"A brooding monolith, isolated, menacing, Orphan Rock excites the imagination. What mystic bodies created this prehistoric structure? It is 'a picturesque pillar of grey, time-worn stone, detached from the main mass, towering above the coal mines'. (Blue Mountain Echo Saturday 25.12.1909)."
This mystery attracted late 19th century Mountain visitors who came to see Orphan Rock, Katoomba Falls and the coal mine at the base of the cliffs. Until the early 20th century, its lure was stronger than the Three Sisters, perhaps because it was more easily visited as Echo Point remained part of Sir Frederick Darley's Lilianfels estate until 1908 and tourists had to negotiate private access.
Geologically, Orphan Rock was formed around 170 million years ago when erosion followed the planes of weakness called joints. The Three Sisters today show these strong vertical joint planes between them. Orphan Rock, standing alone, was once connected to the cliff face in this way.
In 1910, the Sunday Times (April 17) and the Blue Mountain Echo (30 April) explained Orphan Rock's formation. A young girl, seized by another tribe, bravely escaped her captors who chased her relentlessly. A good spirit rescued her before she could be re-captured, turning her into a pillar of rock. There she stands to this day, awaiting her people's return.
On November 1, 1920, Sydney Webster fell over the cliffs at Orphan Rock, luckily landing on a ledge only 40 feet below. He began to crawl slowly to safety, with a broken arm, cuts over his body and face and hip injuries. A passer-by found him and took him to hospital.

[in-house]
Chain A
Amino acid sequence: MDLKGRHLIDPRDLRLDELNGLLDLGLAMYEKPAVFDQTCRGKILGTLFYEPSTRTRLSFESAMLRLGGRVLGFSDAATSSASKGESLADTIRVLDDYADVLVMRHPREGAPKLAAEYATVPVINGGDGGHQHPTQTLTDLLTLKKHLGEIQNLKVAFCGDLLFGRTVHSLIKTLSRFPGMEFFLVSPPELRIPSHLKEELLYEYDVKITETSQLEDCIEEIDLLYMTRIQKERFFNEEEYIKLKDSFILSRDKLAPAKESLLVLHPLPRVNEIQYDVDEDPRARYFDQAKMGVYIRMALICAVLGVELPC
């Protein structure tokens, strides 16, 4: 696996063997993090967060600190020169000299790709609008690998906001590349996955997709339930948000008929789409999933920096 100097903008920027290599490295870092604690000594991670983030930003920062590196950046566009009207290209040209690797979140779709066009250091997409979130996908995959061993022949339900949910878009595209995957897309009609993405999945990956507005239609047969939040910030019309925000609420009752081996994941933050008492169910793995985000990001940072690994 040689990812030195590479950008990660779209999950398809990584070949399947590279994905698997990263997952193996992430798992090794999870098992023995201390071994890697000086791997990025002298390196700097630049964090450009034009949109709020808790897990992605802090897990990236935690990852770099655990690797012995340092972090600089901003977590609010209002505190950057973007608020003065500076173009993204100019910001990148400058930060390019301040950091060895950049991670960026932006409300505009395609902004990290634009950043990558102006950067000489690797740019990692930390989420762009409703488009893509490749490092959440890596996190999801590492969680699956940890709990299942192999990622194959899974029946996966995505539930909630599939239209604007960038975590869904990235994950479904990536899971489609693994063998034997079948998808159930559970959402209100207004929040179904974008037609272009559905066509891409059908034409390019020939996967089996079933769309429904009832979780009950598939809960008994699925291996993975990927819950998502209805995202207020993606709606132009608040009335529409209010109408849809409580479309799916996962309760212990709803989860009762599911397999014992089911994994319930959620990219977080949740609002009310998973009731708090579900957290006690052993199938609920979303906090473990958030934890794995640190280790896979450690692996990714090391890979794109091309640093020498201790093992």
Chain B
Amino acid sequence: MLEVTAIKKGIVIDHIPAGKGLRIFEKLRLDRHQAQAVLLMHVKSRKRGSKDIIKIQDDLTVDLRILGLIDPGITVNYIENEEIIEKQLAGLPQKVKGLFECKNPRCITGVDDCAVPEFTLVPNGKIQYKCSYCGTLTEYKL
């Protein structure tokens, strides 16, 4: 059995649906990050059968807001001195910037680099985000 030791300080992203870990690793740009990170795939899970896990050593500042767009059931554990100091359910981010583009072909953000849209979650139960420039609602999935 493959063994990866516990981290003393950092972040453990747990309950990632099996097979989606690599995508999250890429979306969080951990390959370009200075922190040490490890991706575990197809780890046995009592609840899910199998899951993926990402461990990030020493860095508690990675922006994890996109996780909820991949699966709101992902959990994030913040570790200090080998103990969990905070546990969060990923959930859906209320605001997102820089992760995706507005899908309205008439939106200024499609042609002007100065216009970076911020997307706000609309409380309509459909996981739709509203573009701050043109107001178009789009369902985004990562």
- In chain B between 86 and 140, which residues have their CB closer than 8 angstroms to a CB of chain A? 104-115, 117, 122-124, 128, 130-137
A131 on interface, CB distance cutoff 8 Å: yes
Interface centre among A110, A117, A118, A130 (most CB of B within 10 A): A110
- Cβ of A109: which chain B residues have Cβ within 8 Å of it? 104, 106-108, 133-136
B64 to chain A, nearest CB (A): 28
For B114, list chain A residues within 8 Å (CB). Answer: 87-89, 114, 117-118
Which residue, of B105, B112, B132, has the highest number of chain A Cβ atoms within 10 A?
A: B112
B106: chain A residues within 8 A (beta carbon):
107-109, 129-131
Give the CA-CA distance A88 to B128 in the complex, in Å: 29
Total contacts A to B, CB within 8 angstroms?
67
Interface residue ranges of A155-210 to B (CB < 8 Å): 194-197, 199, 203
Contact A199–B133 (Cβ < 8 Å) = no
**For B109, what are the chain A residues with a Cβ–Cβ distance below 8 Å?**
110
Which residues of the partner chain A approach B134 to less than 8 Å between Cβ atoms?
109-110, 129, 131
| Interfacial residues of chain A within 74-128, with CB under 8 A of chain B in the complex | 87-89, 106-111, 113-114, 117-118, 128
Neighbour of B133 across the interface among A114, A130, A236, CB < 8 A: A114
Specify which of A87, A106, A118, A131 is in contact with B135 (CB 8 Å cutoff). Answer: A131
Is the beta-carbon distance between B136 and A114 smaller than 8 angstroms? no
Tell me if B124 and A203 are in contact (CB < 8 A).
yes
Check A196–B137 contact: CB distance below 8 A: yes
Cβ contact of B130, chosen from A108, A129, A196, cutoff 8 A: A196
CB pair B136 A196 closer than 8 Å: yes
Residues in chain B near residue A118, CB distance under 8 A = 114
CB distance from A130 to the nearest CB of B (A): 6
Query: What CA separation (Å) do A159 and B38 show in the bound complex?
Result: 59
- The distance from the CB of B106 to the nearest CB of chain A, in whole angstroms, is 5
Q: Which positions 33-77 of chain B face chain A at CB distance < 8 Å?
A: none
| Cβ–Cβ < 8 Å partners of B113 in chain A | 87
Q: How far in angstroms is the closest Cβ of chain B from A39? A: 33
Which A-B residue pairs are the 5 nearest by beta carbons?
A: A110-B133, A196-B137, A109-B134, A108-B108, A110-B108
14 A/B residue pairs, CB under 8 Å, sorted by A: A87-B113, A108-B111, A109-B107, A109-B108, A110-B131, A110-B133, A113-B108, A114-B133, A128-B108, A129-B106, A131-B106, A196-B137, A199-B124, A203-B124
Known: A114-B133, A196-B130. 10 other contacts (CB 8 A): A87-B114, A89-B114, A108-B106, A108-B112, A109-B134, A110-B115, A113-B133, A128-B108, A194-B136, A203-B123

Despite rumours about deaths and suicides, this seems the only accident reported in Trove.
By 1924, the Simos Brothers used Orphan Rock as the logo for their Paragon Restaurant. Dash's Department Store in Leura flew advertising banners from it.
In 1934, this isolated rock was of such interest to tourists that Katoomba Municipal Council spent part of its £5000 development-money on the track and stairs to the summit. Previously, it had only been scaled by enthusiastic climbers but the hazardous work being completed meant many more tourists could behold a "magnificent view" of the Katoomba Falls.
By 1936, Orphan Rock was floodlit at night.
Safety on the rock continued to worry. In 1974, entry was closed; a mudslide "obliterated" the access track. Entry to the top of the rock was forbidden.
In 1998, Phil Hammon of Scenic World took the mayor and the head of NPWS to the top to assess re-instating access. Debate over who "owned" the Rock stalemated the project.
Orphan Rock still rears its rugged, lonely head above the Jamison Valley.
- Robyne Ridge is publicity officer for Blue Mountains Historical Society.